Your period just started, and you’re feeling less than awesome. When your belly starts to grumble, you opt for self-care in the form of food. Double fudge brownie ice cream. Salt and vinegar kettle chips. And allllll the cheese.
The foods that taste good don’t always make you feel good, so your cravings shouldn’t be in charge of choosing what to eat on your period.
“Overall, you want to be supporting the hormonal shift happening in the body through both dietary intake and lifestyle behaviors,” says Natalie Welch, M.S., R.D.N., Nutrition Manager at BODi.
And, she adds, “It’s helpful to limit your intake of ultra-processed foods and added sugars,” as well as caffeine (which may make cramps worse for some) and alcohol (which is dehydrating and inflammatory). Sigh.
So what should you eat on your period? Read on to find out which nutrients to prioritize to feel your best – and which of your favorite foods can provide them.
Key Nutrients for Menstrual Health
Due to blood loss and shifts in hormones, certain essential nutrients are extra important during your period.
“During your period, it is important to focus on getting enough of certain nutrients that are vital for maintaining overall health,” explains Dr. Javier Saldana, M.D., a board-certified obstetrician and gynecologist.
By including certain foods that provide them (and avoiding other foods), you “can help keep hormones balanced, which may reduce bloating, cramps, fatigue, headaches, and other symptoms.”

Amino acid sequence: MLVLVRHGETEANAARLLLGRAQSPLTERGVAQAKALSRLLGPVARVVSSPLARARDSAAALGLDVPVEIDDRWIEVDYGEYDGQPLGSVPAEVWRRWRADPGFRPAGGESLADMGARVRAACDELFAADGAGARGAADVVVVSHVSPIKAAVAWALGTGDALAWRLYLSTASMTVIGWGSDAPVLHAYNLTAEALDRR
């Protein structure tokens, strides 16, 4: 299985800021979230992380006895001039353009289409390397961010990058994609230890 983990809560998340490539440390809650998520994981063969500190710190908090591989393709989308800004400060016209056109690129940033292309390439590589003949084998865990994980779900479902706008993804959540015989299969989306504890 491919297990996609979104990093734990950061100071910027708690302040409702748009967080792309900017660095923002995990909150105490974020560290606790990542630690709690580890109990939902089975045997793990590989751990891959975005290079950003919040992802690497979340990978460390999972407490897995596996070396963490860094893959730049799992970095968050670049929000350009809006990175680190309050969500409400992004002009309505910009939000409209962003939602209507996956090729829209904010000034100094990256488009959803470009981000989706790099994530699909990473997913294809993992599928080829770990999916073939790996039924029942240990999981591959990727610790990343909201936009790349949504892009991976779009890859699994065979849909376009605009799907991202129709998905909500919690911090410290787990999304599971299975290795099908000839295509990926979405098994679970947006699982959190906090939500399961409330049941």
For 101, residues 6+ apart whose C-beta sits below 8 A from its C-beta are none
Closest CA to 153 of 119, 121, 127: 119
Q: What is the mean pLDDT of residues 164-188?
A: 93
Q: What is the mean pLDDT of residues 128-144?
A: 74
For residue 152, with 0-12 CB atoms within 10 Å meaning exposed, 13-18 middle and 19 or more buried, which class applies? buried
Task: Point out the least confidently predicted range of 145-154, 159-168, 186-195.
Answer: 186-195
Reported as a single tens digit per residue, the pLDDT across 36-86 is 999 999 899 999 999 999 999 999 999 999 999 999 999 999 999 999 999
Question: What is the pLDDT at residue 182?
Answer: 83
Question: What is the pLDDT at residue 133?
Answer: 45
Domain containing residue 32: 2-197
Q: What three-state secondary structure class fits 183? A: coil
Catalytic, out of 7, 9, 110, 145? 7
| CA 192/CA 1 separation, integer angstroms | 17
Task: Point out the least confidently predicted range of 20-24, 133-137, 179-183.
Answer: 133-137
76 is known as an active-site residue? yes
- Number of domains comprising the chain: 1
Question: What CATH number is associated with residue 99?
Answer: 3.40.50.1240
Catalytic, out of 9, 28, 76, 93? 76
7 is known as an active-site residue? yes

“Iron is needed for red blood cell production, and this is important during your period since you need to replace losses,” says Welch. “Magnesium and calcium may help with cramping, and calcium also supports both blood clotting and blood flow.”
Iron deficiency is the most common nutritional deficiency in the developed world, and the blood loss that happens during menstruation is the most common cause for women of reproductive age.
Heme iron from animal sources is more bioavailable than non-heme iron in plant-based foods.
Animal sources include meat (including organ meats), poultry, and seafood. Plants that provide iron include fortified breakfast cereals, legumes (such as white beans, chickpeas, kidney beans, and lentils), and cooked leafy greens (including spinach and kale).
Supplementing with calcium and vitamin D can help ease PMS — though researchers aren’t sure whether it can prevent those symptoms.
Together with magnesium, “calcium may help with cramping, and calcium supports both blood clotting and blood flow,” explains Welch.
The best source of calcium is dairy, including milk, yogurt, and cheese. “I love Greek yogurt which also provides high quality protein,” she adds.
Non-dairy sources of calcium include fortified dairy-free milks, winter squash, tofu, almonds, canned salmon (with bones), and leafy greens.
“Magnesium helps to regulate muscle and nerve function,” says Wasserman Baker, so keep it in mind when planning what to eat on your period.
A 2017 literature review found that supplementing with magnesium effectively prevented dysmenorrhea (period cramps and pain), PMS, and migraines related to menstruation, but most U.S. adults aren’t consuming enough.
Magnesium-rich foods include nuts, seeds, whole grains, and leafy greens.
“Another great source of magnesium that may also satisfy a craving is dark chocolate,” suggests Welch.
Foods to Eat During Your Period
Here’s what to eat on your period (most of the time).